by Rev. Everette Chapman
A number of years ago, while working on a doctoral degree at Erskine Theological Seminary, my fellow seminarians and I were required to choose a “Model for Ministry” which would guide our service to God and our people. Some chose the model of “Practical Theologian,” some chose that of “Church Administrator,” and there were other models for ministry chosen by my classmates.
I was lost as to what my Model for Ministry would be until I picked up an amazing book by Henri J. M. Nouwen, entitled The Wounded Healer. In it, he shares an old legend from the Jewish Talmud.
Rabbi Yeshua ben Levi came upon Elijah the prophet while he was standing at the entrance to the cave of Rabbi Simeron ben Yohai. He asked, “When will Messiah come?”
“Go ask Him yourself,” replied Elijah.
“Where is He?”
“Sitting by the gates of the city.”
“How shall I know Him?”
“He is sitting among the poor covered with wounds. The others unwind their wounds all at the same time and then wind them up again. But He unwinds His wounds one at a time and winds each up again, saying to Himself, ‘Perhaps I shall be needed; if so, I must always be ready so as not to delay even for a moment’”
Fr. Nouwen then goes on to add: “The Messiah, the story tells us, is sitting among the poor, binding his wounds one at a time, waiting for the moment which He will be needed. So it is with the minister. Since it is his task to make visible the first vestiges of liberation for others, he must bind His own wounds carefully in anticipation of the moment when He is needed. He is called upon to be the wounded healer, the one who must look after his own wounds, but at the same time be prepared to treat the wounds of others.”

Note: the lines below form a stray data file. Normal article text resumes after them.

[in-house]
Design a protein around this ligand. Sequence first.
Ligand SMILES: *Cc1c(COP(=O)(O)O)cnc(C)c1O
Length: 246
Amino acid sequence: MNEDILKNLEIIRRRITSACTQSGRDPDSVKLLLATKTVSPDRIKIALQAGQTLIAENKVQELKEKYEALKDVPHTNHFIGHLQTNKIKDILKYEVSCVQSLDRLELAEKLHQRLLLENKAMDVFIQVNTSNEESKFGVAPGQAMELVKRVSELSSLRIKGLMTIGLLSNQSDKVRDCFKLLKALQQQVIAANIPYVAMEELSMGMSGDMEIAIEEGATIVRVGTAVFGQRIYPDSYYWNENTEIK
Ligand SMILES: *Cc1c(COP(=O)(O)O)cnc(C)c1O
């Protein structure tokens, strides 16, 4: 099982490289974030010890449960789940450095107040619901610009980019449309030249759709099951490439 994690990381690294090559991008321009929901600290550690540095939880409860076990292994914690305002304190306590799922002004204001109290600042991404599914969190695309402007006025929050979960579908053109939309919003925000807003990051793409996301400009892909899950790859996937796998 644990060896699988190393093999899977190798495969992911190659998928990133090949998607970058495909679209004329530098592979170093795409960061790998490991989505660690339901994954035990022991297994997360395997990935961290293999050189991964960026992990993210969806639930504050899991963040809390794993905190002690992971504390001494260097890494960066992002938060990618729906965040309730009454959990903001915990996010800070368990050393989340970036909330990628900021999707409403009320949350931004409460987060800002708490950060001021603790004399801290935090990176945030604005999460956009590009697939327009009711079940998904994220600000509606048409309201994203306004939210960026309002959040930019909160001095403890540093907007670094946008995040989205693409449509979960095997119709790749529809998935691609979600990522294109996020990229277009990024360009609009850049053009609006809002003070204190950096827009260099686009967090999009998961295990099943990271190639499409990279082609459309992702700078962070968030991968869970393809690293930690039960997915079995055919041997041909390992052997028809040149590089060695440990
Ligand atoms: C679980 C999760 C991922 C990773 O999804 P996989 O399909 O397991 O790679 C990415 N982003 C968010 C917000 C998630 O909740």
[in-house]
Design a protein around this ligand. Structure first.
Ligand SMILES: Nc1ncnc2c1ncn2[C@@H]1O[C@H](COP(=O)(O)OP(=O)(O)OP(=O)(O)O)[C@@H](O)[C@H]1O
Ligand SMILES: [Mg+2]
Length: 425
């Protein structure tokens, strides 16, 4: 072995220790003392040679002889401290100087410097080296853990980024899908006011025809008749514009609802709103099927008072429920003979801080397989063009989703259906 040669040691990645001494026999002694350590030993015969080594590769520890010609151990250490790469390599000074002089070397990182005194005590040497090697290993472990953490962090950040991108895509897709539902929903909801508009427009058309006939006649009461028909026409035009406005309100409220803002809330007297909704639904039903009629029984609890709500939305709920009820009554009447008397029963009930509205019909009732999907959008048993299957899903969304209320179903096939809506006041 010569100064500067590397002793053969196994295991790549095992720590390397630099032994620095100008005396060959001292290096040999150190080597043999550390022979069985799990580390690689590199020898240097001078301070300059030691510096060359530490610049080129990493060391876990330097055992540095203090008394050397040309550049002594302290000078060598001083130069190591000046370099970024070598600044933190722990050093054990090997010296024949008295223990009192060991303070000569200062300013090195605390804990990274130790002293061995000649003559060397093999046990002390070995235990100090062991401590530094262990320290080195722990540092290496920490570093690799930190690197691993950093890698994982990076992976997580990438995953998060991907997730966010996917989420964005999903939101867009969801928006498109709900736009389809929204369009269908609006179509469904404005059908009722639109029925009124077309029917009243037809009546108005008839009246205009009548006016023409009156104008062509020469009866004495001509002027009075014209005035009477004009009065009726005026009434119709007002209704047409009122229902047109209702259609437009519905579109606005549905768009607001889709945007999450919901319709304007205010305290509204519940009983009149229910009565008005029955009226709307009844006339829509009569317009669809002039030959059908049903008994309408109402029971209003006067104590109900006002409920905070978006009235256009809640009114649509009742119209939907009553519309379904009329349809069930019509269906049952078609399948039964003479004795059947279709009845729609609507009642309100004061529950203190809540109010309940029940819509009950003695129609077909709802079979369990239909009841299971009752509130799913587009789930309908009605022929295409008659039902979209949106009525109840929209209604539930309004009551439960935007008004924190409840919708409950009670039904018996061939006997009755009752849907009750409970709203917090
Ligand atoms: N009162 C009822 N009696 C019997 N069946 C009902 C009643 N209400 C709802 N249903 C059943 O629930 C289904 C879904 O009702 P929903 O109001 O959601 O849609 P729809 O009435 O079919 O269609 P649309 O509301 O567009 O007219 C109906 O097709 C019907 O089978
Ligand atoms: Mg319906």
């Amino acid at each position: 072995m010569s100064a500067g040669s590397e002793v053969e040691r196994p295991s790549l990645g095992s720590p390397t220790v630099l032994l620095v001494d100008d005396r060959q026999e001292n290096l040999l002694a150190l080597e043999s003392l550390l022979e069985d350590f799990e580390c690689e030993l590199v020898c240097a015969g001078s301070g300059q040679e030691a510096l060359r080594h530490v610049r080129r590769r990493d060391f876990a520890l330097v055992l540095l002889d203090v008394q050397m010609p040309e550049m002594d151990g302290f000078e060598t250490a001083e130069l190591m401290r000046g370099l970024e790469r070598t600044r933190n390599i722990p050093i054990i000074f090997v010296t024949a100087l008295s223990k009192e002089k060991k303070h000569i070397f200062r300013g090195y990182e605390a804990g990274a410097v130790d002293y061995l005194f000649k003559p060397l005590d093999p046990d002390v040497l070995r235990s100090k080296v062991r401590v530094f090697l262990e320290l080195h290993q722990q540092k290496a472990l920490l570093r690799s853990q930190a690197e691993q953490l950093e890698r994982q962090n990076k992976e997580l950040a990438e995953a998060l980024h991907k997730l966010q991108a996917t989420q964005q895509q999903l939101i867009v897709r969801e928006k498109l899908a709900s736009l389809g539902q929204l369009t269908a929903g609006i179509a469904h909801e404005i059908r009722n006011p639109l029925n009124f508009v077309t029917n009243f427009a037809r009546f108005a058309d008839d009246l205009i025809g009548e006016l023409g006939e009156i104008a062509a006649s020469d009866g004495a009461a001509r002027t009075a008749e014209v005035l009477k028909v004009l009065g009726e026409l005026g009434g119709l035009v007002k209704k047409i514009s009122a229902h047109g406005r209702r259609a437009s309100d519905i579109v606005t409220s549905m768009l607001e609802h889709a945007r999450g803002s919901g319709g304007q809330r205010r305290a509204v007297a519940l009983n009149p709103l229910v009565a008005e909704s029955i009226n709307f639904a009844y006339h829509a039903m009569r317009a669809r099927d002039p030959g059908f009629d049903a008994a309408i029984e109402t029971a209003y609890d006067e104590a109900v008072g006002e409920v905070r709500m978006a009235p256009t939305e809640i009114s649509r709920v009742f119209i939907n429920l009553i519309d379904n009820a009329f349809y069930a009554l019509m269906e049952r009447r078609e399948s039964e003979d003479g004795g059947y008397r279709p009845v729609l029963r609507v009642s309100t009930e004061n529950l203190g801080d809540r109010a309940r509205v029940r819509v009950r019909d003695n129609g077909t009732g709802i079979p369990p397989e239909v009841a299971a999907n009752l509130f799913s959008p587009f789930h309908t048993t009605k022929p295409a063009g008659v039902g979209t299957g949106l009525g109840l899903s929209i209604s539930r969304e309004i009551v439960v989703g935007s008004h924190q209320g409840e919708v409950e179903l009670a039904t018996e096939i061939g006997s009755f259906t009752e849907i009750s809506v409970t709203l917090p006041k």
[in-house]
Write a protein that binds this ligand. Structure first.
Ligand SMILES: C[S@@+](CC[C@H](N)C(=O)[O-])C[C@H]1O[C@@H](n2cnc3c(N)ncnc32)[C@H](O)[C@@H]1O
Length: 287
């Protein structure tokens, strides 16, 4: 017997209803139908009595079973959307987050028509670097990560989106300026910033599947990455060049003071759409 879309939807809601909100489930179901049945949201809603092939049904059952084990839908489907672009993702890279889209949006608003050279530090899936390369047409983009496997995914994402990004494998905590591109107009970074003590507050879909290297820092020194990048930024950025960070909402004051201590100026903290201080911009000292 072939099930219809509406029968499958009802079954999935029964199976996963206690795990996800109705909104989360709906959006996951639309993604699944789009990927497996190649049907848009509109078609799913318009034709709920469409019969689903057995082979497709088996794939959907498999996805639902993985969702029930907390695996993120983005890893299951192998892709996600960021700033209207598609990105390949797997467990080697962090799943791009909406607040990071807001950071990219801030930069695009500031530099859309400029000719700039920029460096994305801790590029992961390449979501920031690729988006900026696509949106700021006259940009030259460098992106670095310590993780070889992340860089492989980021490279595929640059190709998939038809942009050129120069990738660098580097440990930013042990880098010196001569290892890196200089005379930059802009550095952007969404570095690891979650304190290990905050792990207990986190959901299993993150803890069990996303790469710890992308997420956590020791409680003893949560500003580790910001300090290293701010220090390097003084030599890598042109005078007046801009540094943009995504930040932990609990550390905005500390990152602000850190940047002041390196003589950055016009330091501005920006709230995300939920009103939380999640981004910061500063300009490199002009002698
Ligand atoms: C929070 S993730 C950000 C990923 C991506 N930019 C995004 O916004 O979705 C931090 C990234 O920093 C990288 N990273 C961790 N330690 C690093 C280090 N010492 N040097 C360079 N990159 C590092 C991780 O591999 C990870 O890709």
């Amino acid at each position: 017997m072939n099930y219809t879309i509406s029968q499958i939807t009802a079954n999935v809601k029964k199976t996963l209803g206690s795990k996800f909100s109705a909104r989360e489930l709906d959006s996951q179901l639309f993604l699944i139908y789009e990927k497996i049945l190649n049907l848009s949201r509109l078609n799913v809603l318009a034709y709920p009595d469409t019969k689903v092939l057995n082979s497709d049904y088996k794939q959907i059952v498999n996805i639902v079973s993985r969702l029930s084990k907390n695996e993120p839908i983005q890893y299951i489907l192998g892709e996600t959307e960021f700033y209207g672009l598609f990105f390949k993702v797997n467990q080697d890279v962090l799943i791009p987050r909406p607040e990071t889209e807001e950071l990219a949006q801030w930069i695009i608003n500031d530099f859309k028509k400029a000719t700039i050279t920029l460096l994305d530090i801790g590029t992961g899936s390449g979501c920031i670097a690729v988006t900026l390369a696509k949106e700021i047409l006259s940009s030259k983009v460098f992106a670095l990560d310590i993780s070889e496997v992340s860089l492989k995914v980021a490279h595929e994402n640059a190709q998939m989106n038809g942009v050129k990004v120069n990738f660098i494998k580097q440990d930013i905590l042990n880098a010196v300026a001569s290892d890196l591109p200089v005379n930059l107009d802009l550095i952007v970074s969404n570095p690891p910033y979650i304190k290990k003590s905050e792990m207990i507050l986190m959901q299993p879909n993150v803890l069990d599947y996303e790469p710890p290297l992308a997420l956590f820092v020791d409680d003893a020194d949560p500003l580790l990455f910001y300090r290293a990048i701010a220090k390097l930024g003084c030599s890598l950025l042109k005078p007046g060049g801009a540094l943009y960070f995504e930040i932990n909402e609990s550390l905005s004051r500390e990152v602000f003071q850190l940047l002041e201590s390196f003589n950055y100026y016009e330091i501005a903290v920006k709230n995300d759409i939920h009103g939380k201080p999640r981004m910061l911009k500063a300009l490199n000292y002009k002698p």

I chose “Wounded Healer” as my model for ministry at Erskine more than thirty years ago, but upon serious reflection, I dare hope that such a model of caring, of suffering with my people, and of being with them in their pain despite any pain I might be feeling, is how I have tried to do ministry all these fifty-seven years since my ordination in 1963. If I am to emulate my Master, I have no other choice but to do so.
The ministers I have known who have sought to live out this “model for ministry” have been some of the most effective at being Christ to others. In that regard, I can’t help but remember James W. Crocker, the pastor who ordained me. During the very beginning of migratory workers coming to the Carolinas to help with peach, apple, and cotton harvests, the church he served began a ministry to migrants in upper Spartanburg County. He would go, lead a worship service for them, and share Christ with them.
He told me of seeing this elderly man whose only shoes were two pieces of leather, bound together by some cords. He told the old man that when he came next time, he would bring him some new shoes. It was only as he drove up the next month and saw the old man, glad-faced and expectant, running toward him, that he realized that he had forgotten to bring the shoes.
“What did you do?” I asked. He smiled meekly and said, “I looked down at my own feet and saw the only pair of skin shoes I ever hoped to own. My feet were a tiny bit larger than his, but I knew what I had to do. I reached down, took off his shoes, and put my shoes on him. He was as happy as I have ever seen anyone. He started running and jumping around. Later that day, during our worship service, he gave his heart and life to Christ.”
That was “a wounded healer” following in the footsteps of “The Wounded Healer.” Jesus said, “Even a cup of cold water, given in my name, shall be blessed.” How much more so those expensive shoes, given to a needy man by a loving heart? Let us all, in the name of Christ, be wounded healers, feeling others’ hurts, sharing their pain, lifting their burdens. Our efforts will be blessed by Him whose example we follow.
Rev. Everette Chapman is Pastor Emeritus of Fairfield Mountains Chapel, Lake Lure.